Berlin (CNSNews.com) - Frosty relations with the United States are raising fears in Germany that Bush administration officials may move military operations eastward -- costing Germans jobs in the process.
Some 40,000 U.S. soldiers have already left Germany for deployment in Kuwait, and thousands more will leave if military action against Iraq goes ahead.
U.S. sources have suggested that once the military action is over, many U.S. soldiers will not return to Germany. The U.S. administration could decide to move its European command to friendlier eastern European nations, several of which already have U.S. contingents deployed on their soil.
Senior U.S. military officials attending the Munich Security Conference earlier this month indicated that an eastward shift was being considered.
The German government's anti-war stance on Iraq has irritated the Pentagon, and local media in Germany fear that the redeployment is almost certain.
At the Spangdahlem airbase in the western German state of Rhineland Palatinate, a deployment of 5,000 U.S. personnel is supported by about 800 locals.
But the economic effect of the base is much broader. A recent study by the University of Kaiserslautern said that the presence of the U.S. military in the region has created a total of about 20,000 jobs.
The United States has nearly 70,000 troops deployed in the country -- a Cold War legacy -- and 12,000 Germans are directly employed by the U.S. military.
However, U.S. sources in Germany said that Pentagon has no concrete plans for re-structuring, and that any eastward move will be made in consultation with German officials.
"There are no changes afoot," a senior U.S. military officer said. "If we plan to make changes, the U.S. administration will consult the German government."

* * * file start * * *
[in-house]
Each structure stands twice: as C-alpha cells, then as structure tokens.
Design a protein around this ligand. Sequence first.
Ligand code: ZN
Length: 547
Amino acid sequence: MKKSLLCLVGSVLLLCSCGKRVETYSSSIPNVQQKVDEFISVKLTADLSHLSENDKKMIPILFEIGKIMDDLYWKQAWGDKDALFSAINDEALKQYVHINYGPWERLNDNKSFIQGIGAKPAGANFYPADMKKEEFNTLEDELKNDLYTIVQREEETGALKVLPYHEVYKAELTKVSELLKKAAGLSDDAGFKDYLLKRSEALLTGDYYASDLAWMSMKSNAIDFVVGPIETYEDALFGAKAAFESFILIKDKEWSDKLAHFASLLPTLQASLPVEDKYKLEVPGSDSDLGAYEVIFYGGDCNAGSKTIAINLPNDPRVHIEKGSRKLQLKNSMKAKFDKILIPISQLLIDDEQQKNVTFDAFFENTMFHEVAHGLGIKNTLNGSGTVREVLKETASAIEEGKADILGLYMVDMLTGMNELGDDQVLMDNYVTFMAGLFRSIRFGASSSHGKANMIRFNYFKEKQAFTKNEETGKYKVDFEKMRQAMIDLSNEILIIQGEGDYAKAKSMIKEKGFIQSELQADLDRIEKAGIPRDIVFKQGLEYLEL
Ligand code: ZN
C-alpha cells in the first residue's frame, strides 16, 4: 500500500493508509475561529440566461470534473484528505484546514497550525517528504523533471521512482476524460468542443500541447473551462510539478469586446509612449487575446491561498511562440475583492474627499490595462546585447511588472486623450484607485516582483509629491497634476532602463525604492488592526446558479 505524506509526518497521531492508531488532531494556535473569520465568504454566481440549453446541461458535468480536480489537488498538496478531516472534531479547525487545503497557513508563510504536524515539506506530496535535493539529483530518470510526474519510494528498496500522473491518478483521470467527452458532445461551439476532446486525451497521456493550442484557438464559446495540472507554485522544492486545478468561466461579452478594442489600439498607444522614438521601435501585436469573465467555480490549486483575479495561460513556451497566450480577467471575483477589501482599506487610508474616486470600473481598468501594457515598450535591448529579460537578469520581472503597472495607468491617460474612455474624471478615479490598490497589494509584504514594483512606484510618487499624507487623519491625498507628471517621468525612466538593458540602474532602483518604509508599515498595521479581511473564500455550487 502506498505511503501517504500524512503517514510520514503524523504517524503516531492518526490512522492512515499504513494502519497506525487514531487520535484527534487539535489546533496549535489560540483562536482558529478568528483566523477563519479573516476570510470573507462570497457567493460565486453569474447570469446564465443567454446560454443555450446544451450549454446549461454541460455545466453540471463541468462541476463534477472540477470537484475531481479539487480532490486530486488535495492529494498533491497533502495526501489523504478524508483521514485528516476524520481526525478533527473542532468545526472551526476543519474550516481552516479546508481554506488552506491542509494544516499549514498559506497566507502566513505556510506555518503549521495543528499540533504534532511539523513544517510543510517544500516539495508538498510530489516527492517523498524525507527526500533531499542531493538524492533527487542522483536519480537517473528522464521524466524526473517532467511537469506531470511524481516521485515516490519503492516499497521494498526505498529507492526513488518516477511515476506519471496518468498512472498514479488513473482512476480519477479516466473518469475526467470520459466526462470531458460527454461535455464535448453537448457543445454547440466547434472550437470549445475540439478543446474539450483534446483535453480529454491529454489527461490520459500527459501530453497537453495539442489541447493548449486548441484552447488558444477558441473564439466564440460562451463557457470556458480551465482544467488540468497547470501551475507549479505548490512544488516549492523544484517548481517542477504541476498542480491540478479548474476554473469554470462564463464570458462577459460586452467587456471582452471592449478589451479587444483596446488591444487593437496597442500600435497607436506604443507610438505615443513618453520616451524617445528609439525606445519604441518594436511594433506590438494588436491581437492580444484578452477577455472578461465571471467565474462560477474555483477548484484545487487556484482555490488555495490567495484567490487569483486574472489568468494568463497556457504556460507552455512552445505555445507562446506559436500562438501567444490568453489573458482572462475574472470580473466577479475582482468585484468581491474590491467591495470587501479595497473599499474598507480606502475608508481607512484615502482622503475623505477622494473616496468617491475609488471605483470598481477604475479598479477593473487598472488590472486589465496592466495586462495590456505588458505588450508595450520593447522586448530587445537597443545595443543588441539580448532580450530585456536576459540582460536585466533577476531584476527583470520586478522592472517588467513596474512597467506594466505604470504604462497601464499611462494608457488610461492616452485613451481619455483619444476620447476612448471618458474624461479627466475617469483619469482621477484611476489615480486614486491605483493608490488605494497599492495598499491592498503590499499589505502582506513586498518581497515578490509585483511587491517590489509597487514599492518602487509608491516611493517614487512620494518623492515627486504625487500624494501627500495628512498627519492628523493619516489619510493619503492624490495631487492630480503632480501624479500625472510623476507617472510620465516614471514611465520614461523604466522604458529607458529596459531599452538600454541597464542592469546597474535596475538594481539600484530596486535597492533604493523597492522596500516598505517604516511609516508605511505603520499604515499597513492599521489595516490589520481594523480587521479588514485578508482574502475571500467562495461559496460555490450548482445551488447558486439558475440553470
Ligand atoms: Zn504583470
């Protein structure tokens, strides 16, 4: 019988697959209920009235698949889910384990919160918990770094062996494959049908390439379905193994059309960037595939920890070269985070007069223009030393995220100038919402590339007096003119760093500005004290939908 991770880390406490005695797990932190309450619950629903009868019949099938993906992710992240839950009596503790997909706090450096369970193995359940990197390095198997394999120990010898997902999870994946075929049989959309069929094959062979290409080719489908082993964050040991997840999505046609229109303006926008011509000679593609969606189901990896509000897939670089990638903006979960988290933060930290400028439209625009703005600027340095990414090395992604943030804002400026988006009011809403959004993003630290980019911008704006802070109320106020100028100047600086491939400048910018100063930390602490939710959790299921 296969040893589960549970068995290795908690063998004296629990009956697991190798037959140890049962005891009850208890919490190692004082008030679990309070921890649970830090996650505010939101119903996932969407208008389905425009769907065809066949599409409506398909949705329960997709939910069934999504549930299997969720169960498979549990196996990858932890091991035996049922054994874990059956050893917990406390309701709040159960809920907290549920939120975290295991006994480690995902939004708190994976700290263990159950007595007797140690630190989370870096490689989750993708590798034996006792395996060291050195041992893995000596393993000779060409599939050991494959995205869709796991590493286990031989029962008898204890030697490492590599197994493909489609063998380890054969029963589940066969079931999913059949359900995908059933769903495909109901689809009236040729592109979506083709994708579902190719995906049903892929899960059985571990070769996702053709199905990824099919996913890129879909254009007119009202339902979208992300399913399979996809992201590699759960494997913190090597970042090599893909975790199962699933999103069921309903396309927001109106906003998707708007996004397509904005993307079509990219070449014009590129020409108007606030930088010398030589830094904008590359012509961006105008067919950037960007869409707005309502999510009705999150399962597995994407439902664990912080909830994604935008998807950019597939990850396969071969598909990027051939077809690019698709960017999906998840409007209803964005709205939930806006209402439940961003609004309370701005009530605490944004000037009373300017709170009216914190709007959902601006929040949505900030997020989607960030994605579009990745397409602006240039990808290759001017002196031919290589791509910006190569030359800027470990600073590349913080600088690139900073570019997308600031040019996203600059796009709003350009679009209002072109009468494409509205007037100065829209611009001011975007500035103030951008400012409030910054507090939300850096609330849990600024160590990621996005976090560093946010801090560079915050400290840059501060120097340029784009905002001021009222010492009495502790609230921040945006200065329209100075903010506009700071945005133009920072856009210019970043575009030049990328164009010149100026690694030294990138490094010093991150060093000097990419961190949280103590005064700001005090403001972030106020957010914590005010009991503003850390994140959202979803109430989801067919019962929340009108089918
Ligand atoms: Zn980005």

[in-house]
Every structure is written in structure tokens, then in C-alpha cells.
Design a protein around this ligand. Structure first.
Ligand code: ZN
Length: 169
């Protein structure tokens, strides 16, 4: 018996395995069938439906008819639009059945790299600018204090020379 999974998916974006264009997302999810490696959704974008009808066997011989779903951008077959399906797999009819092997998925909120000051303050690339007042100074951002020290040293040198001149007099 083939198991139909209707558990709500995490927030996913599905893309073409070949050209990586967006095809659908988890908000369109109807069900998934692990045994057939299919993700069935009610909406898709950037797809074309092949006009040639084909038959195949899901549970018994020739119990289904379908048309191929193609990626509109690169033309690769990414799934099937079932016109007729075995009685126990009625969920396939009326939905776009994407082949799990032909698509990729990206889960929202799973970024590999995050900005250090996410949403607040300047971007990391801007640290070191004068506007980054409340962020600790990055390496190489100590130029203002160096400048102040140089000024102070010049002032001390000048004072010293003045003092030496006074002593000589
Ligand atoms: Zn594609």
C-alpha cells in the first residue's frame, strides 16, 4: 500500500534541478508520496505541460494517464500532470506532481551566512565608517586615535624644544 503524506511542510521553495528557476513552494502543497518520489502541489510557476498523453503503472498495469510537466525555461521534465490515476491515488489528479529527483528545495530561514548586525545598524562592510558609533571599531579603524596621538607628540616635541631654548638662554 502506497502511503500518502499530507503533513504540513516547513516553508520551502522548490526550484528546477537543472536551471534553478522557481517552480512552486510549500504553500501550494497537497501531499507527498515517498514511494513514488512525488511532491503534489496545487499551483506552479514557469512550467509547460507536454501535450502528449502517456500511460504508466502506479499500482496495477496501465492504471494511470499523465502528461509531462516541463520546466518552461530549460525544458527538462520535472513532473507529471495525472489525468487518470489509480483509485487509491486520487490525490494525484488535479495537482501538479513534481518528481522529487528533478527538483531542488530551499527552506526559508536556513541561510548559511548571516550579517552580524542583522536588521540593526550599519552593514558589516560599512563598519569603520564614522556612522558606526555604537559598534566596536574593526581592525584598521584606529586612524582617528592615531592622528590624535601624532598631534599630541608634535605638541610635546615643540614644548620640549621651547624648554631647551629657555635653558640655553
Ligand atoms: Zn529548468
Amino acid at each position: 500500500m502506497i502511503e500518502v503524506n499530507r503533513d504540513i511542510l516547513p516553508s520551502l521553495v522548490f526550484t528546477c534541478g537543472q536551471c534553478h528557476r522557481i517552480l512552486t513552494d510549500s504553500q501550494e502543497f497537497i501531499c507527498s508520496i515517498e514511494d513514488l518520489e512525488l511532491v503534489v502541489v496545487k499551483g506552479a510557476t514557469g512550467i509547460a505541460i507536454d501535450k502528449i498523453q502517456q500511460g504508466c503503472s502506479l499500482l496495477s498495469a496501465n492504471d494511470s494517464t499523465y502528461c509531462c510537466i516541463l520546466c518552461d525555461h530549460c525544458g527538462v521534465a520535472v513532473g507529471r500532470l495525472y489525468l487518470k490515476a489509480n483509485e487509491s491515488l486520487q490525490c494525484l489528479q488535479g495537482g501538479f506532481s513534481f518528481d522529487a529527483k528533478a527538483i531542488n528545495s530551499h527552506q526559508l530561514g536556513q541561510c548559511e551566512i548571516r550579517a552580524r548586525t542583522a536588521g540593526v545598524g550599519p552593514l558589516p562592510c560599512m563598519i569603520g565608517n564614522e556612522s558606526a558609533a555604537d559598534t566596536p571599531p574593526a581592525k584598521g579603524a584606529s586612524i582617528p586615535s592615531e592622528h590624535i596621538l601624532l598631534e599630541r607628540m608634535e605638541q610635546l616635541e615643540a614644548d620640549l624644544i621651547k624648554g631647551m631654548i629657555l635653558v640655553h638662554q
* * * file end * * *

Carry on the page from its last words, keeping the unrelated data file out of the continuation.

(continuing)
But such assurances haven't reduced the fears of the people who are dependant on the U.S. military for their livelihood.
"I would not say there is a sense of panic over the rumors, but there is a certain sense of uncertainty in the community," said Christoph Holkenbrink, mayor of Wittlichland, where the Spangdahlem base is located. "It would be very bad if the base closes down."
Meanwhile, Germany itself is making efforts to cut down its military spending. Defense minister Peter Struck has chalked out plans to save $230 million a year. The German defense budget is already fixed at $26.3 billion a year until 2006.
Although the details of the plan are not yet public, indications are that the military will get rid of stockpiles of battle tanks by selling them to NATO partners in Eastern Europe.
Also, the military plans to reduce the number of its personnel, putting further stress on communities near bases. At the time of reunification, the West German armed forces had a strength of 480,000. Over the past 12 years, total German forces have been reduced to 340,000.
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